October 17, 2016
The already-forgotten war in Afghanistan – the one the United States started – has been relegated to background noise in a presidential contest rife with scandal and low on serious policy debate. The mainstream media has nearly guaranteed that most voters will have Hillary Clinton’s emails or Donald Trump’s alleged gropes on their minds on election day rather than Afghanistan or any other critical foreign policy issue. So, with the election just weeks away, the world has little clue how the next White House resident will handle the situation in Afghanistan, where violence is escalating, the Taliban is resurgent and ISIS vows to expand its footprint.
On October 14, U.S. Brigadier General Charles Cleveland told Voice of America that the United States was concerned about the number of casualties being inflicted on Afghan forces, just a day after Afghan military officials disclosed that they were losing up to 5,000 people per month, through deaths, injuries and desertion.
The Taliban, moreover, are stronger than they ever were since 2001 – according to the U.S. government’s own inspector general – while Kabul suffers political gridlock and continues to be plagued by corruption.
Afghanistan represents America’s longest running war where, yes, American troops continue to put their lives at risk. In short, one would think the situation in Afghanistan would be a pivotal issue on the campaign trail and, at least, worthy of mention in a presidential debate. Apparently, not.
“The #debate featured not a single word-no, not one word-about #Afghanistan, where U.S. troops continue to die. It is truly the forgotten war,” Wilson Center scholar Michael Kugelmen tweeted on October 9 after Trump and Clinton threw insults at each other just like they did in their first encounter. The debates certainly made for entertaining television, even among viewers like the Taliban who reportedly watched and kept score.
One can only conjecture what is in Trump’s mind, but it seems he believes Washington should focus more resources on cutting down inner-city violence stateside rather than overseas in light of the billionaire’s assessment that Chicago is more dangerous than Afghanistan. Of course, Trump also failed to win hearts and minds in Afghanistan when he said the U.S. should ban all Muslims.
Trump shares the same problem that any candidate without experience faces, namely the lack of a track record to analyze. Based on his general foreign policy statements, he opposes intervention and military adventurism, hence there is a shot he might actually be a safer choice than his rival for the world writ large. Yet, for Afghanistan, it remains hard to decipher.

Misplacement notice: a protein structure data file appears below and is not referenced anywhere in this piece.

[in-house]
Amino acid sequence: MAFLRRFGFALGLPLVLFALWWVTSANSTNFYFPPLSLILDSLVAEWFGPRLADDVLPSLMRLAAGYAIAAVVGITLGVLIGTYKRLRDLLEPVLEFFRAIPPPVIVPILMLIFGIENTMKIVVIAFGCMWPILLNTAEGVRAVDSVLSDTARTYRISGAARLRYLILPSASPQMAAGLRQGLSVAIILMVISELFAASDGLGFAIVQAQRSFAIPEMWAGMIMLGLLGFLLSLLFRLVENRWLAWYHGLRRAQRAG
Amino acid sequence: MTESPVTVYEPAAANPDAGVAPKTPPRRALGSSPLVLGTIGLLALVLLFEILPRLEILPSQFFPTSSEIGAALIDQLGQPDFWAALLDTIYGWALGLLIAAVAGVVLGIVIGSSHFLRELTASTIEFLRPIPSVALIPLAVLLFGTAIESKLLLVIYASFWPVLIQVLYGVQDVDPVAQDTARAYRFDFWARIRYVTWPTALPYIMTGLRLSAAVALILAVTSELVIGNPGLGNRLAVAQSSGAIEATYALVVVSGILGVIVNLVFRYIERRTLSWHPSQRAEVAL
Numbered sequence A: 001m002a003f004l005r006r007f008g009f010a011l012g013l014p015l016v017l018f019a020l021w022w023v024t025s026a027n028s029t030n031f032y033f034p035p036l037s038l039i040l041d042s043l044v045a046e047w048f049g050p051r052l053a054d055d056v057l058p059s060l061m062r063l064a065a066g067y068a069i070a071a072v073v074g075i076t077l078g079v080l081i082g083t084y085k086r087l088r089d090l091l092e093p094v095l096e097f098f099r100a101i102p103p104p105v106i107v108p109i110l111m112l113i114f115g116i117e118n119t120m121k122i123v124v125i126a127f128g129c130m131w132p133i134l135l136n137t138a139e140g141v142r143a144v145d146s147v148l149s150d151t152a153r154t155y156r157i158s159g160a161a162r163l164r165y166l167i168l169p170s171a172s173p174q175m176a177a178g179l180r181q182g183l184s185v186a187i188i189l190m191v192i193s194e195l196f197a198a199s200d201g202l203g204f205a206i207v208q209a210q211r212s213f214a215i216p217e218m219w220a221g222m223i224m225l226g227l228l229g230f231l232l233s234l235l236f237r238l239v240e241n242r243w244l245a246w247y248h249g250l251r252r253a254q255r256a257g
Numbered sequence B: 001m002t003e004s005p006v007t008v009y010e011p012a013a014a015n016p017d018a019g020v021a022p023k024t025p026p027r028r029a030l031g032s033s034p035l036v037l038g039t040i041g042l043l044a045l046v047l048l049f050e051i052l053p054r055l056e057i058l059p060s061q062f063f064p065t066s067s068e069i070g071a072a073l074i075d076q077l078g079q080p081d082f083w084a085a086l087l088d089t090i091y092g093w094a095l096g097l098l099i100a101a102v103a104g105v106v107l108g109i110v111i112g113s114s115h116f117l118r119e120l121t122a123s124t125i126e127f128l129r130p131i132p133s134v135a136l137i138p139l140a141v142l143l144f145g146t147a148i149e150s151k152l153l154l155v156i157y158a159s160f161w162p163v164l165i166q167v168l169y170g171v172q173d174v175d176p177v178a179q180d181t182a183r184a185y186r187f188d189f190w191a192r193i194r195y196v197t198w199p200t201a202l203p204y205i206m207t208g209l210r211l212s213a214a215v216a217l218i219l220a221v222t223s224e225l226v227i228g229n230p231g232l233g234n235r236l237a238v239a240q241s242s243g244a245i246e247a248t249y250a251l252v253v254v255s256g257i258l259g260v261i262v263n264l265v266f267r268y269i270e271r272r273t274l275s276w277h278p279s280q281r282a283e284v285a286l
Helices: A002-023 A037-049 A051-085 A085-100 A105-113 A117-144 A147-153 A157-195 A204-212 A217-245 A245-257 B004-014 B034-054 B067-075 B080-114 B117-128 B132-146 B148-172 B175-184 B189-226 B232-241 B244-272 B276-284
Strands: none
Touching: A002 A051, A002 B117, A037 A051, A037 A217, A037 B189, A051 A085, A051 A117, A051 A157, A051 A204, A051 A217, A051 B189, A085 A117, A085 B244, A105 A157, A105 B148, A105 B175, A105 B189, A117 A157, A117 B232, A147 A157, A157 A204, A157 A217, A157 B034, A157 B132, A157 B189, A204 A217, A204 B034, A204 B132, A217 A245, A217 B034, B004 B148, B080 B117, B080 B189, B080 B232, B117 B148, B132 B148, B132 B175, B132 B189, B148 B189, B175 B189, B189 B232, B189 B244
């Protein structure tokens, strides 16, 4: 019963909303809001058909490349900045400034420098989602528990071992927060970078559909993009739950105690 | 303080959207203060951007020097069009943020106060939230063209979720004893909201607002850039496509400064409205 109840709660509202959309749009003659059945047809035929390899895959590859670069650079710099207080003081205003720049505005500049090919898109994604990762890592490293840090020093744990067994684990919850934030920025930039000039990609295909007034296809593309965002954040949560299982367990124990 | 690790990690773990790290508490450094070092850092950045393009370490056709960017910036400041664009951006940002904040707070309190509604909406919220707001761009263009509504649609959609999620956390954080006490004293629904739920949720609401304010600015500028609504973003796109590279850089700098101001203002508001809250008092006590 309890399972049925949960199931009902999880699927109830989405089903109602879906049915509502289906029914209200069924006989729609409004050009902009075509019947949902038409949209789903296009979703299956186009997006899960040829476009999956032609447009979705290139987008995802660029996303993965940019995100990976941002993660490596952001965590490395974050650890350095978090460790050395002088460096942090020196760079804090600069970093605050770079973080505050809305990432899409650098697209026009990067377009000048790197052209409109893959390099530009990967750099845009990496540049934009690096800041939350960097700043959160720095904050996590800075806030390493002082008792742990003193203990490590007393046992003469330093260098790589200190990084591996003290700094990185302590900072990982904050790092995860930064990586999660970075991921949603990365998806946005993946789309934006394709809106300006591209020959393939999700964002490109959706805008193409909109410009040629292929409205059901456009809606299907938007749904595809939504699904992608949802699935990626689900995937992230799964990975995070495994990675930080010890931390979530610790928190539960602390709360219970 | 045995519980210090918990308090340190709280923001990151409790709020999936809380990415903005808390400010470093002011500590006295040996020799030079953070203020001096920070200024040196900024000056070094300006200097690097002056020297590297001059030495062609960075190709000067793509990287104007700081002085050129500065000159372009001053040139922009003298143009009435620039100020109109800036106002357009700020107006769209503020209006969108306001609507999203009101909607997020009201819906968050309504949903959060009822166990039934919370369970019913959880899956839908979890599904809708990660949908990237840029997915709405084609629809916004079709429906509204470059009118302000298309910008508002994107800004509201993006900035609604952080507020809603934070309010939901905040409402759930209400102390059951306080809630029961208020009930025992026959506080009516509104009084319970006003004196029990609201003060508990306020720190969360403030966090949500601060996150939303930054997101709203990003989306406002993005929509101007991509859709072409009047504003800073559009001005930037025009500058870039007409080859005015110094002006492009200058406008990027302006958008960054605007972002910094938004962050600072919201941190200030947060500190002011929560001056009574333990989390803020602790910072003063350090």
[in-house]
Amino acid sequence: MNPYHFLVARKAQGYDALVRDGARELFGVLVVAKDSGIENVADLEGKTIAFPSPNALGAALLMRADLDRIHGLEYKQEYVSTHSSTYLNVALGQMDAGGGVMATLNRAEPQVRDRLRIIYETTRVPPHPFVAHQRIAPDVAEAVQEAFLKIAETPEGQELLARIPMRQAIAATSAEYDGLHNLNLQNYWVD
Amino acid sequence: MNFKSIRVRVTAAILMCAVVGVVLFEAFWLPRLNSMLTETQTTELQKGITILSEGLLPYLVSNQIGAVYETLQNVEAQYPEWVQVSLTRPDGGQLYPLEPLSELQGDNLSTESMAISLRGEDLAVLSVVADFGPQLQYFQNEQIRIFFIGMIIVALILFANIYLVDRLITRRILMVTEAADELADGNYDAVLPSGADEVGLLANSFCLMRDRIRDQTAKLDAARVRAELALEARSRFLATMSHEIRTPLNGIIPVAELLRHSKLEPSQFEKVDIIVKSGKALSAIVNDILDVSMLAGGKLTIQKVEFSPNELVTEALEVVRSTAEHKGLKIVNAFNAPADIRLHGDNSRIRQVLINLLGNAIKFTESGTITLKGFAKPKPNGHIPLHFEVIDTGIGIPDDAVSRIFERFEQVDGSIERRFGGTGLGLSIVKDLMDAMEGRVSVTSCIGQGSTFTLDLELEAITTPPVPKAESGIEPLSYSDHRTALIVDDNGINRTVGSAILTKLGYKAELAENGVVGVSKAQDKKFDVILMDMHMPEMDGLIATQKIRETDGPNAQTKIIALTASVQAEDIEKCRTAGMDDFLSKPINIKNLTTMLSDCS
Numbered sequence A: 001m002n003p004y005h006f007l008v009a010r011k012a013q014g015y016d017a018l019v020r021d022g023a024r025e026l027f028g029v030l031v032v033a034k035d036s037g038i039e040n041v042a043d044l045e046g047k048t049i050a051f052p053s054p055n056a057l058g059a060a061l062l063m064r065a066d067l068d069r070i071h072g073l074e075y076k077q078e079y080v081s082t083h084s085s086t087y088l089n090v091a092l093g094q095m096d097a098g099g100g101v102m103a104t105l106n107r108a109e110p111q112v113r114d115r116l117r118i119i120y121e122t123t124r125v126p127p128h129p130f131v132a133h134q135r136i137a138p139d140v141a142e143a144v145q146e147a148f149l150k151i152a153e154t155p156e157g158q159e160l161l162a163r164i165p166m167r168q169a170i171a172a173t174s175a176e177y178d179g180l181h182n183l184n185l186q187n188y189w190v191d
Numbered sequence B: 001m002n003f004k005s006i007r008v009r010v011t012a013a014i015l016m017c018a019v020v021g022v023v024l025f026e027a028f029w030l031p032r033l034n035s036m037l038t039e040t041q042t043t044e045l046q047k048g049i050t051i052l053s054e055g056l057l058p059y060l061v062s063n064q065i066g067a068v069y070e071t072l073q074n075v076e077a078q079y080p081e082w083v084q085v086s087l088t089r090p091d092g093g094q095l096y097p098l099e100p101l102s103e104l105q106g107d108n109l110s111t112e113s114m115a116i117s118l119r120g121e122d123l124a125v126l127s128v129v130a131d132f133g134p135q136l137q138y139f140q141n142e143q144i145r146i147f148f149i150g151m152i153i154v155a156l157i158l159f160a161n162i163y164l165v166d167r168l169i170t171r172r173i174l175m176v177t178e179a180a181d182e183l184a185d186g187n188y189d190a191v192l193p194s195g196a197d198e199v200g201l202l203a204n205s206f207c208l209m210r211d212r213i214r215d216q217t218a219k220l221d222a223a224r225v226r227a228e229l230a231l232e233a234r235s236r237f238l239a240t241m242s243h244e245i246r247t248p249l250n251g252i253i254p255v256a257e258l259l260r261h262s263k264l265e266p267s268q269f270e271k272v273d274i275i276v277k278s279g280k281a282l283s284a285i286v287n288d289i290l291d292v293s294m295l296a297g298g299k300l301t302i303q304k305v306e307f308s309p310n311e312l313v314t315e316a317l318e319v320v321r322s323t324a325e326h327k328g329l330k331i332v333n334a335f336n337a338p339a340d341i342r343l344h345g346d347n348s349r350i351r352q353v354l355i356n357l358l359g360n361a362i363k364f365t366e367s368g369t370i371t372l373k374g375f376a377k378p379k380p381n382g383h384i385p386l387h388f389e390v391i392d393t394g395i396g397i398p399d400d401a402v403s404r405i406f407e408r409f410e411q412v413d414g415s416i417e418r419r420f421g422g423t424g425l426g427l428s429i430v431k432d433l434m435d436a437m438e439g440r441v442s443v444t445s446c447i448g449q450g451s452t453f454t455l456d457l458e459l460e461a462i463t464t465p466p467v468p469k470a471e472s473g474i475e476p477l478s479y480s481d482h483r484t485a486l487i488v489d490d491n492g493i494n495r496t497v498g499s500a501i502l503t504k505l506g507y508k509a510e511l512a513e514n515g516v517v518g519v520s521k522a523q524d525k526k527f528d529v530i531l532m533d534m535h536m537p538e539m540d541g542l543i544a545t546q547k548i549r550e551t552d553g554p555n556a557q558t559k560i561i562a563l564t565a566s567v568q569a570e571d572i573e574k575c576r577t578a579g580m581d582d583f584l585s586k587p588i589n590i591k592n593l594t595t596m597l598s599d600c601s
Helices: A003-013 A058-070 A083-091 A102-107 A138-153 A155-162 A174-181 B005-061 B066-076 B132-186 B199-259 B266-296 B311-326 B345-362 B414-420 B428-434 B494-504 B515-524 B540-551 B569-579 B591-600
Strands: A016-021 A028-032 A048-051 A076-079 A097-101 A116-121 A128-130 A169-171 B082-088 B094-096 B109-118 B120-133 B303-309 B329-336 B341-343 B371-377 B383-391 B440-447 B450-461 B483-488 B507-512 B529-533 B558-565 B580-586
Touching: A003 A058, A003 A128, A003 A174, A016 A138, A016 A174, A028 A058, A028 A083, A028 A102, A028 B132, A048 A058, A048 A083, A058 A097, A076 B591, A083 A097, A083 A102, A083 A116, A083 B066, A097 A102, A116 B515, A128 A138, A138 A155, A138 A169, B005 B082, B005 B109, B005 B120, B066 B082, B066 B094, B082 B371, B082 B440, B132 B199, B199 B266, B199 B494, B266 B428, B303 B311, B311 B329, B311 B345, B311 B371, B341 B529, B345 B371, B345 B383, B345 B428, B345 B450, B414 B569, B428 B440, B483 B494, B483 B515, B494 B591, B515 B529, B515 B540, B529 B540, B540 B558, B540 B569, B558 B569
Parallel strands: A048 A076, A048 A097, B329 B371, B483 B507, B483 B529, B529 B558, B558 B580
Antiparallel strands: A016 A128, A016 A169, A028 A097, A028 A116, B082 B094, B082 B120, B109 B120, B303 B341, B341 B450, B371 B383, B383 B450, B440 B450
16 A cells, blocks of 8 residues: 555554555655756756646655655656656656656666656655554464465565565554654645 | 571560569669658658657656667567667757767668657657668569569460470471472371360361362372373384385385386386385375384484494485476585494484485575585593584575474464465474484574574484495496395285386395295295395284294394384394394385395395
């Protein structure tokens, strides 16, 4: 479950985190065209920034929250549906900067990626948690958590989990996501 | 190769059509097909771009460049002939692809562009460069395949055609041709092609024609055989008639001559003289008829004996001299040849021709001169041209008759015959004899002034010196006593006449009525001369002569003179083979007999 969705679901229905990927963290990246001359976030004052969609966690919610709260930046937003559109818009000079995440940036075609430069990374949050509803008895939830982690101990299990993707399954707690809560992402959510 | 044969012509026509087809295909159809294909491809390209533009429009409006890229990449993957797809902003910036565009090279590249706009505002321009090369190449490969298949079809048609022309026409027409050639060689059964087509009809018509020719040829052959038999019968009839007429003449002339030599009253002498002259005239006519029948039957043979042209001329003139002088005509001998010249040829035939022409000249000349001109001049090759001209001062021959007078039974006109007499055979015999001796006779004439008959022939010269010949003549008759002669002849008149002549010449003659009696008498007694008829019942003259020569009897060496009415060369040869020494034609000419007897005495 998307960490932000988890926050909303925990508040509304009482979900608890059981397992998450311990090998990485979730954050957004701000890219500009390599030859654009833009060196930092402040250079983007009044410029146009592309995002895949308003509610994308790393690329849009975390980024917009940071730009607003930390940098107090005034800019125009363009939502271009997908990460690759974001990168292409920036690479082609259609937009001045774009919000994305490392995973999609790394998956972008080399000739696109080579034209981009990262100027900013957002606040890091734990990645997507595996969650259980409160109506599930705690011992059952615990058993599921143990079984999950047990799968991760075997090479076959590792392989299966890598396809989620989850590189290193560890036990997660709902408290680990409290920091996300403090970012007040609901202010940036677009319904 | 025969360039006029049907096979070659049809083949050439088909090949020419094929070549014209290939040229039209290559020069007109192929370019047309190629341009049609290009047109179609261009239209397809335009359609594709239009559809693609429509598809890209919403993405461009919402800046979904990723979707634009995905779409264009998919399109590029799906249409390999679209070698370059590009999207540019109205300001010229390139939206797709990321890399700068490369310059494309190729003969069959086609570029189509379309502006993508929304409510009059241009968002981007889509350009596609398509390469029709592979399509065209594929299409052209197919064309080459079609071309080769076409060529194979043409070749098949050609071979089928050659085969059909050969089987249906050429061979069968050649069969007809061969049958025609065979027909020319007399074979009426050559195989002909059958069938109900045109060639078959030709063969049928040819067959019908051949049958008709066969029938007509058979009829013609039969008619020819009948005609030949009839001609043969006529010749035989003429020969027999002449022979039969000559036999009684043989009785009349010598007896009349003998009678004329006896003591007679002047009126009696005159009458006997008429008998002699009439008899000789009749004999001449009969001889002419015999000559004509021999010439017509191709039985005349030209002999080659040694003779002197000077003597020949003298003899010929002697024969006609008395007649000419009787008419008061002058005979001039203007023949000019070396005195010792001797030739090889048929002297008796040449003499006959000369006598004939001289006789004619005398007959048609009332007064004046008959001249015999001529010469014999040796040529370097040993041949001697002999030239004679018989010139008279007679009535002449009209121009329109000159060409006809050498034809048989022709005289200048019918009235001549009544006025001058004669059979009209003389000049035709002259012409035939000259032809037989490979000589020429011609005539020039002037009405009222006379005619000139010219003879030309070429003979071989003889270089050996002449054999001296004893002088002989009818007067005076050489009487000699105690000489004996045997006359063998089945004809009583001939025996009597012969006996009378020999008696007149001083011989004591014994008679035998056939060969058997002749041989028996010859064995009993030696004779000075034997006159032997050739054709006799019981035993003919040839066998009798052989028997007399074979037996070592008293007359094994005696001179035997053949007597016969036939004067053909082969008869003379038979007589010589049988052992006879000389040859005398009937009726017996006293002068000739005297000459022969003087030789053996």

Clinton, for her part, certainly has a track record with Afghanistan but it has gone thoroughly unexamined. The former secretary of state is, overall, highly likely to be more hawkish than Obama. For example, she is probably going to increase arms shipments to al-Qaeda-linked opposition fighters in Syria to effect regime change in Damascus. Clinton advocated for this policy when she was at Foggy Bottom. Not to mention, let us not forget she voted for the Iraq war and helped persuade Obama to topple Gadhafi. With that being said, what does that mean for Afghanistan?
Clinton’s performance as secretary of state vis-à-vis Afghanistan was not a shining one. She marched in lock-step with Obama on numerous miscalculations, including the surge and the escalation of drone strikes in Afghanistan and Pakistan. In fact, Clinton showed a propensity to side with military leaders over her civilian cohorts, including in backing the brass’s recommendation on how many troops should be included in the surge. Clinton supported the generals who wanted 40,000 while Obama wanted and eventually sent 33,000.
Other critics have said Clinton was out of touch with reality on the ground in Afghanistan outside of women’s rights and turned a blind eye to corruption within the Karzai administration, even ignoring potential solutions.
“A comprehensive anticorruption strategy drawn up by the embassy in Kabul and sent to Washington in 2010 never won Secretary Clinton’s… endorsement,” Jim Newell reports in Slate.com.
Others are drawing some radical implications to contrast Trump and Clinton’s likely foreign policies. Some argue that Trump intensifying restrictions on Muslims entering the United States is not worse than how Clinton has or might treat them. Which is worse: banning Muslims or bombing them?
Well known peace activist Cindy Sheehan raised this very same issue earlier this year. Sheehan said she deplored Trump’s rhetoric but argued that Clinton will be more harmful to Muslims because of her hawkish policies.
“Which is worse, background checks or mass murder?” Sheehan posited rhetorically to Sputnik.
In any case, the future is uncertain at best for Afghanistan’s prospects in the post-Obama era. It is still a mystery as to which candidate would be better for Afghanistan, and will remain a mystery if no one raises it before November 8.